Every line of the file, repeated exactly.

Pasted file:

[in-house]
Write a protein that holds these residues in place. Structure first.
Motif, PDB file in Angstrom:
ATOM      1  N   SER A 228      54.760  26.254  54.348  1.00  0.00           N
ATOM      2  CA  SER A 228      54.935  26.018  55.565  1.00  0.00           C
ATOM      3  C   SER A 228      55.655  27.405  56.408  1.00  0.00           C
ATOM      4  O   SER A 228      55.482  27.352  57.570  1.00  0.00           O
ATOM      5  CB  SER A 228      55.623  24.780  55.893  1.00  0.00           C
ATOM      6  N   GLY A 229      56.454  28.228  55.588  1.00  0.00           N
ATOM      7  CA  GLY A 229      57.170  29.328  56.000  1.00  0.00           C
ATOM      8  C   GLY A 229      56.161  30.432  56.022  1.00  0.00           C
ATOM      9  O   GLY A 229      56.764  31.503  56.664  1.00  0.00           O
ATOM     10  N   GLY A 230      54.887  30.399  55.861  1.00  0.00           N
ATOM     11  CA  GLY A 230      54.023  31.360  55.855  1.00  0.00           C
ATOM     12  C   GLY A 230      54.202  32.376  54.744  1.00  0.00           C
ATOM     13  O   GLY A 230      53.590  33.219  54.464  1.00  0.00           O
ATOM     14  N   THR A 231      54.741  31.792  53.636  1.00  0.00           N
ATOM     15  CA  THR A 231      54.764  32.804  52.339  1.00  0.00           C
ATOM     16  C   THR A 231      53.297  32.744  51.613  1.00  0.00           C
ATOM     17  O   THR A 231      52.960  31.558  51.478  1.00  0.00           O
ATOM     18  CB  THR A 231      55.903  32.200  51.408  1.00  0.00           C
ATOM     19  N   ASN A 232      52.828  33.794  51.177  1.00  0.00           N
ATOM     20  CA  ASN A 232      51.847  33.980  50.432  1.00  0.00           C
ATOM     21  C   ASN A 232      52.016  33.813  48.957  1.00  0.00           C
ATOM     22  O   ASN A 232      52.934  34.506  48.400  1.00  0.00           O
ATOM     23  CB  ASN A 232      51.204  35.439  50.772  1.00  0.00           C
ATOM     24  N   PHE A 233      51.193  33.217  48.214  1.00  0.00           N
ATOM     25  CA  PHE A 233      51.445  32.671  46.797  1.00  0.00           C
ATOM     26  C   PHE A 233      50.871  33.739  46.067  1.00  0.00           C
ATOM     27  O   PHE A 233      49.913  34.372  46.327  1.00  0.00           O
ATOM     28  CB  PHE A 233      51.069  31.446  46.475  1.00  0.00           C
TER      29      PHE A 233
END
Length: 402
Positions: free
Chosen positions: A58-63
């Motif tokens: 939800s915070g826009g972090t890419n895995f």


[in-house]
Write a protein that holds these residues in place. Structure first.
Motif, PDB file in Angstrom:
ATOM      1  N   SER A 228      54.760  26.254  54.348  1.00  0.00           N
ATOM      2  CA  SER A 228      54.935  26.018  55.565  1.00  0.00           C
ATOM      3  C   SER A 228      55.655  27.405  56.408  1.00  0.00           C
ATOM      4  O   SER A 228      55.482  27.352  57.570  1.00  0.00           O
ATOM      5  CB  SER A 228      55.623  24.780  55.893  1.00  0.00           C
ATOM      6  N   GLY A 229      56.454  28.228  55.588  1.00  0.00           N
ATOM      7  CA  GLY A 229      57.170  29.328  56.000  1.00  0.00           C
ATOM      8  C   GLY A 229      56.161  30.432  56.022  1.00  0.00           C
ATOM      9  O   GLY A 229      56.764  31.503  56.664  1.00  0.00           O
ATOM     10  N   GLY A 230      54.887  30.399  55.861  1.00  0.00           N
ATOM     11  CA  GLY A 230      54.023  31.360  55.855  1.00  0.00           C
ATOM     12  C   GLY A 230      54.202  32.376  54.744  1.00  0.00           C
ATOM     13  O   GLY A 230      53.590  33.219  54.464  1.00  0.00           O
ATOM     14  N   THR A 231      54.741  31.792  53.636  1.00  0.00           N
ATOM     15  CA  THR A 231      54.764  32.804  52.339  1.00  0.00           C
ATOM     16  C   THR A 231      53.297  32.744  51.613  1.00  0.00           C
ATOM     17  O   THR A 231      52.960  31.558  51.478  1.00  0.00           O
ATOM     18  CB  THR A 231      55.903  32.200  51.408  1.00  0.00           C
ATOM     19  N   ASN A 232      52.828  33.794  51.177  1.00  0.00           N
ATOM     20  CA  ASN A 232      51.847  33.980  50.432  1.00  0.00           C
ATOM     21  C   ASN A 232      52.016  33.813  48.957  1.00  0.00           C
ATOM     22  O   ASN A 232      52.934  34.506  48.400  1.00  0.00           O
ATOM     23  CB  ASN A 232      51.204  35.439  50.772  1.00  0.00           C
ATOM     24  N   PHE A 233      51.193  33.217  48.214  1.00  0.00           N
ATOM     25  CA  PHE A 233      51.445  32.671  46.797  1.00  0.00           C
ATOM     26  C   PHE A 233      50.871  33.739  46.067  1.00  0.00           C
ATOM     27  O   PHE A 233      49.913  34.372  46.327  1.00  0.00           O
ATOM     28  CB  PHE A 233      51.069  31.446  46.475  1.00  0.00           C
TER      29      PHE A 233
END
Length: 402
Positions: free
Chosen positions: A58-63
């Motif tokens: 939800s915070g826009g972090t890419n895995f």